Tiny Tinui proposed as our 'new Gallipoli'
A Wairarapa village is being promoted as the new Gallipoli, with pilgrims urged to stay home to remember our fallen Anzac soldiers.
The air force is behind the drive to bring thousands of people to Tinui, where our first Anzac memorial service was held in 1916, for Anzac Day commemorations. It comes as warnings continue over the safety and security of the tens of thousands who go to Turkey each year.
The commanding officer of pilot training at Ohakea, Paul Stockley, hopes thousands will head to the site. "We see this as an opportunity for young New Zealanders to start a tradition here. While there is always Gallipoli, it was Tinui that had the world's first Anzac day service.
"With our support and promotion from this year onwards, hopefully over the years it becomes more and more recognised and could see thousands choose Tinui over ... Gallipoli."
Veterans' Affairs Minister Judith Collins, who will travel to Gallipoli next week, said Tinui held a special place in Anzac history. "I would be delighted to see Tinui become a place where people come to pay their respects and remember those who have fallen."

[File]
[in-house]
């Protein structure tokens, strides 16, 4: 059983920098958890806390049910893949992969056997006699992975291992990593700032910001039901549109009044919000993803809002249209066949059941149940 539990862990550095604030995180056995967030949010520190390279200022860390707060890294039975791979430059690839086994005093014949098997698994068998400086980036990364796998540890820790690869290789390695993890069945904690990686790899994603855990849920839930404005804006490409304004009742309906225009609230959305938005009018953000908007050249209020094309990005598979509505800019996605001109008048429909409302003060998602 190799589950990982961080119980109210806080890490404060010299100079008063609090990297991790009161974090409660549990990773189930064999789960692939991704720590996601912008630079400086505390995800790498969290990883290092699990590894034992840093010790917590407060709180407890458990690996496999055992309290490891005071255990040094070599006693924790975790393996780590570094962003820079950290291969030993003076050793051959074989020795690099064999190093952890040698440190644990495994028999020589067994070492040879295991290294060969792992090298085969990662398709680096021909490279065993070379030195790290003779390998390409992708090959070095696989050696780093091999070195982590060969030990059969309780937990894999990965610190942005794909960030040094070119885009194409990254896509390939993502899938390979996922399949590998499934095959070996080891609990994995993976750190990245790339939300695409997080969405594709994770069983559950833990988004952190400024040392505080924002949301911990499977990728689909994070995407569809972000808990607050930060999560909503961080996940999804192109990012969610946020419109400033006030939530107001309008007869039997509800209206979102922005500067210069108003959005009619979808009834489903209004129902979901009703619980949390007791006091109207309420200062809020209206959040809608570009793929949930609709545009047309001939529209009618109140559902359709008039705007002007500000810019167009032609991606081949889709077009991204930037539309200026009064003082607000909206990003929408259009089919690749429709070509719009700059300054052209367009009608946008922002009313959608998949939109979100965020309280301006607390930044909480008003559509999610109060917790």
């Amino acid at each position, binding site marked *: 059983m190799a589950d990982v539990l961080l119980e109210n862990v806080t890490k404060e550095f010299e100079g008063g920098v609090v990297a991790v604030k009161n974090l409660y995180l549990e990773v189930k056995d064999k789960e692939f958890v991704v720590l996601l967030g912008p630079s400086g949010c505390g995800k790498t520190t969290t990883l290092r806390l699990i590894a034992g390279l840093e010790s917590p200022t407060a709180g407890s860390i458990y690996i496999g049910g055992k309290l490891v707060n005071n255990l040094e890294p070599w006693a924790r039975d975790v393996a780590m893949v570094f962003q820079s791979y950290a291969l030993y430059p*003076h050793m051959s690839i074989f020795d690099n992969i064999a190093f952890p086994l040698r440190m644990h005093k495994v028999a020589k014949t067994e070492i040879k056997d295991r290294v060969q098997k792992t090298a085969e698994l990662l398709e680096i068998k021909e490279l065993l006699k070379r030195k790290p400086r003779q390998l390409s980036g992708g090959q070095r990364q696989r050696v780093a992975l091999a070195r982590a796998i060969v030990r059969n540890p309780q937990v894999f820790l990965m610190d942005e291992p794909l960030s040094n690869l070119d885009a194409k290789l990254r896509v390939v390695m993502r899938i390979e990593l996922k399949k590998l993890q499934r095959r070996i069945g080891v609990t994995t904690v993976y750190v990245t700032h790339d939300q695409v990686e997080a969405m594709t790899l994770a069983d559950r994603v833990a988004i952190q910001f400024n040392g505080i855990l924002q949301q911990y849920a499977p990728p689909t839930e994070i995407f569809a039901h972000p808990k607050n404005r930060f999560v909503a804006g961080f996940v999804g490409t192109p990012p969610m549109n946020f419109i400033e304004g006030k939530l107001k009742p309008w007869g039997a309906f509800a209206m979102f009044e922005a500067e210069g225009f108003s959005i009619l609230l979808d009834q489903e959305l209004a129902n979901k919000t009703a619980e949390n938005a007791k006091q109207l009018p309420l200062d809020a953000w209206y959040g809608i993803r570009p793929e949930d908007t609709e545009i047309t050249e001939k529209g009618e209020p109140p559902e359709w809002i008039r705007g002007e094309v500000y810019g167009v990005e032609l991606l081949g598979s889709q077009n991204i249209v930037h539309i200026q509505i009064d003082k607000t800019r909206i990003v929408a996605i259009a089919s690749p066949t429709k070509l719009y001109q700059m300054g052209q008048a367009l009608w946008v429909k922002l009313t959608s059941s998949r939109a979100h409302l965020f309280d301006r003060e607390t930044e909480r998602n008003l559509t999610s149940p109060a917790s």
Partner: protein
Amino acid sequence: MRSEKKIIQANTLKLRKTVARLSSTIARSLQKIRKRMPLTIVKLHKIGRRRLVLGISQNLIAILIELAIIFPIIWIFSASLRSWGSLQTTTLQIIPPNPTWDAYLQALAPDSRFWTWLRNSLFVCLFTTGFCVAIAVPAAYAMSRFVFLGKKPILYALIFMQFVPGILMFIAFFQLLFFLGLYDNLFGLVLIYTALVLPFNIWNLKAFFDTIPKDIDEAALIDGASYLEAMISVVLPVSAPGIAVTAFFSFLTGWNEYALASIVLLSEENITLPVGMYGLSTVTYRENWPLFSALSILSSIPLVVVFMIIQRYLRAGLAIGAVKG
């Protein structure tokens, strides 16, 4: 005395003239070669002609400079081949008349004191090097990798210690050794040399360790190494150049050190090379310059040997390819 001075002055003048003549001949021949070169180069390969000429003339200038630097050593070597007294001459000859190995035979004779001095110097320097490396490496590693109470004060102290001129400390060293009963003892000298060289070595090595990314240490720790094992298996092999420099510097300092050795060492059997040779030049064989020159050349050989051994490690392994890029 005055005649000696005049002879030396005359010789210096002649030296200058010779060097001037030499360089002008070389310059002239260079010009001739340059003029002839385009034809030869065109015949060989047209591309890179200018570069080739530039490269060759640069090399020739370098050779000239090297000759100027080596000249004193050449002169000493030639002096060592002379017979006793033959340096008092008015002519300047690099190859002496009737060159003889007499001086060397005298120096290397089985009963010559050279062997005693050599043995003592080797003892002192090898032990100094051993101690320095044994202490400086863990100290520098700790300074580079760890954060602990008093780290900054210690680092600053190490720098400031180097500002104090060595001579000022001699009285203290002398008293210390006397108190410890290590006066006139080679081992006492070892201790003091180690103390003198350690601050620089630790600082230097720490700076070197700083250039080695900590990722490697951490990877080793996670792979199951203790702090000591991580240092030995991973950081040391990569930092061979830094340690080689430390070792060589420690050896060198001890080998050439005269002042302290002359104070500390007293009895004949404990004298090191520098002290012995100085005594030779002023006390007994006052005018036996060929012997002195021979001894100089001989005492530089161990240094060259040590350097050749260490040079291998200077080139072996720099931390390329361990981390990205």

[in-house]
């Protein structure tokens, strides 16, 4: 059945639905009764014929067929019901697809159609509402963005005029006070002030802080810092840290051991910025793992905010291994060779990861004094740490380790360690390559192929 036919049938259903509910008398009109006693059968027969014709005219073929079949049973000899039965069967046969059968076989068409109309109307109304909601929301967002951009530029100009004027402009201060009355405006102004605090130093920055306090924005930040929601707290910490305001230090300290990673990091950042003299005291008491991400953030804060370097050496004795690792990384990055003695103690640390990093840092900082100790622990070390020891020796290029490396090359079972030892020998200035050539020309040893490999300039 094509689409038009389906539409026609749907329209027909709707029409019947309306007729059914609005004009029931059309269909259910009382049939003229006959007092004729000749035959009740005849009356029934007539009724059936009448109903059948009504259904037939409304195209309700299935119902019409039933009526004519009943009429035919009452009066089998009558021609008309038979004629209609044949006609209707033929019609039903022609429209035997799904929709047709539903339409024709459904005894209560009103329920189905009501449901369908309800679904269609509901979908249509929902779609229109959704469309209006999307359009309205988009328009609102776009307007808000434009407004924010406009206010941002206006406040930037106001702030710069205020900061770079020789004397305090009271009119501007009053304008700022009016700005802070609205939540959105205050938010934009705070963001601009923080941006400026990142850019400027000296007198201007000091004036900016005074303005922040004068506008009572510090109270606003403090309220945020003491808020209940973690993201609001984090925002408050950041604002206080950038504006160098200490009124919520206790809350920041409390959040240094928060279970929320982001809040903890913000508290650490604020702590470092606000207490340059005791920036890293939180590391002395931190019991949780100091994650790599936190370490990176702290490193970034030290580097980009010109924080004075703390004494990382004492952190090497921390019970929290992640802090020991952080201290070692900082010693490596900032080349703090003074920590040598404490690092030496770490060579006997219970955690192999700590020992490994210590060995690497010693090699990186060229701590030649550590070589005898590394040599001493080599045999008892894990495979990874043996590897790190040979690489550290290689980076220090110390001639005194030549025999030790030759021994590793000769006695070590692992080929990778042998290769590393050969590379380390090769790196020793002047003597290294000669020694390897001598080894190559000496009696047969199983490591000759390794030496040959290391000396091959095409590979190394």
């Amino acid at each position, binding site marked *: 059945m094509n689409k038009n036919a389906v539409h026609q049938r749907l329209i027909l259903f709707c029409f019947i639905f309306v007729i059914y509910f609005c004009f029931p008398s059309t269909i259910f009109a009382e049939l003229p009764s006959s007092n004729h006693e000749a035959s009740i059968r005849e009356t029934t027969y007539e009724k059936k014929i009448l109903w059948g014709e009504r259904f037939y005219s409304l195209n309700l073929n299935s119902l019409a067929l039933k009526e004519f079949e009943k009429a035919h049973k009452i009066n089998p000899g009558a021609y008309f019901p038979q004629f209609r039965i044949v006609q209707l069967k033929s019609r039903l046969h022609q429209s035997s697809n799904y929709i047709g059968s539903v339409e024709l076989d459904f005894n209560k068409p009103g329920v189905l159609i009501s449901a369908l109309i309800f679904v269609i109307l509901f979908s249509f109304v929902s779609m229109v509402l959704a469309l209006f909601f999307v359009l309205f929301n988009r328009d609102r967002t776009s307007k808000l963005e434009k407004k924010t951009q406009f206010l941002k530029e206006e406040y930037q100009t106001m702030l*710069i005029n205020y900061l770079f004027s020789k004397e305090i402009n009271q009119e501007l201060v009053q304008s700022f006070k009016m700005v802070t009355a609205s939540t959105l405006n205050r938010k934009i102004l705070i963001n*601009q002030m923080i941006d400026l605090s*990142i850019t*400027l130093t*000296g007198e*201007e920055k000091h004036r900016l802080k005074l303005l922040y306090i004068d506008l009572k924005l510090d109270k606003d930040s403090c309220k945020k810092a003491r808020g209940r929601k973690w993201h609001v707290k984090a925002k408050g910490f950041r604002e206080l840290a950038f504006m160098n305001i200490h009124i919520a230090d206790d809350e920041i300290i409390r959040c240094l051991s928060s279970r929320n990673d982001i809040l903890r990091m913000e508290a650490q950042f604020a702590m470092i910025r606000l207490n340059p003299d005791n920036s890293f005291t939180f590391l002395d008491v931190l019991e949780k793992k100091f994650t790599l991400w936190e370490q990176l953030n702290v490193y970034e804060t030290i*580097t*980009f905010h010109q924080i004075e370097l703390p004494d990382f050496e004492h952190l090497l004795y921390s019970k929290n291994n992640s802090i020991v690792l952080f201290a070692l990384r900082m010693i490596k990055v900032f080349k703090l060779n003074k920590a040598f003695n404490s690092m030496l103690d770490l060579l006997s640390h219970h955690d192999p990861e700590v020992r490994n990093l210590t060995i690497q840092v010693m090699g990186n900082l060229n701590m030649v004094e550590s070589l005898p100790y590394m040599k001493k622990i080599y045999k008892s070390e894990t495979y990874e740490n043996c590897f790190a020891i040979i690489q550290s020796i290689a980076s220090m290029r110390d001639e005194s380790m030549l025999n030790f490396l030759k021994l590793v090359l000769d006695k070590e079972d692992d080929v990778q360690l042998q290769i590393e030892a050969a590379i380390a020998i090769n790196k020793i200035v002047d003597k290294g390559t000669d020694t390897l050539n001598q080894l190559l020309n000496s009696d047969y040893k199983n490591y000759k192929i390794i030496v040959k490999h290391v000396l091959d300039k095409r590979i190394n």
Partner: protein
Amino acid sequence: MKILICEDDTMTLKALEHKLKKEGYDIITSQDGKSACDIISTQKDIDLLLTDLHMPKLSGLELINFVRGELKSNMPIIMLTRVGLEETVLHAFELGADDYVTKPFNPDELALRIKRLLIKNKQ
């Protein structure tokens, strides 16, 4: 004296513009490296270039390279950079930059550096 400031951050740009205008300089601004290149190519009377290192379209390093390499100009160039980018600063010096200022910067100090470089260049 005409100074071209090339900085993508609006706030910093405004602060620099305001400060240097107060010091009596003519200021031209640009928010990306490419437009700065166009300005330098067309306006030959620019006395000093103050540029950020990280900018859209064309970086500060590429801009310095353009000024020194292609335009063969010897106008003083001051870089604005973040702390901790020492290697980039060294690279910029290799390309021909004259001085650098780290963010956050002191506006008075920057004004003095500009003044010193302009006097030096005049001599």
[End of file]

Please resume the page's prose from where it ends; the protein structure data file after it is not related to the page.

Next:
Senior air force commander Shaun Clarke said 70 personnel would attend a service at Tinui this Anzac Day on April 25, with an advanced party of flag bearers, bugler, firing party and a flyover during the service.
In material sent to homes and schools in the central North Island, a message has been: "If you can't make it to Gallipoli, make it to Tinui."
Returned and Services Association president Robin Klitscher said though the move should be applauded, it was wrong to single out one site as the focus for commemorations.
"That is not what it is about. It is about people recognising their own communities and to go to Gallipoli on Anzac Day or any other day is part of that also."
In 1916, the Rev Basil Ashcroft held the first Anzac Day commemoration in the Tinui church, before leading villagers to the top of Mt Maunsell, or Tinui Taipo as it is known locally, to erect a permanent memorial.
That cross became the first Anzac memorial in New Zealand and stood on the hilltop for nearly 50 years before an aluminium cross replaced it in 1965. Forty-eight people from the village died in the two world wars.
For nearly two years, the village of just 16 houses has battled to have the site recognised by the Government and the world. The Historic Places Trust will consider funding to investigate registration next month.
The Dominion Post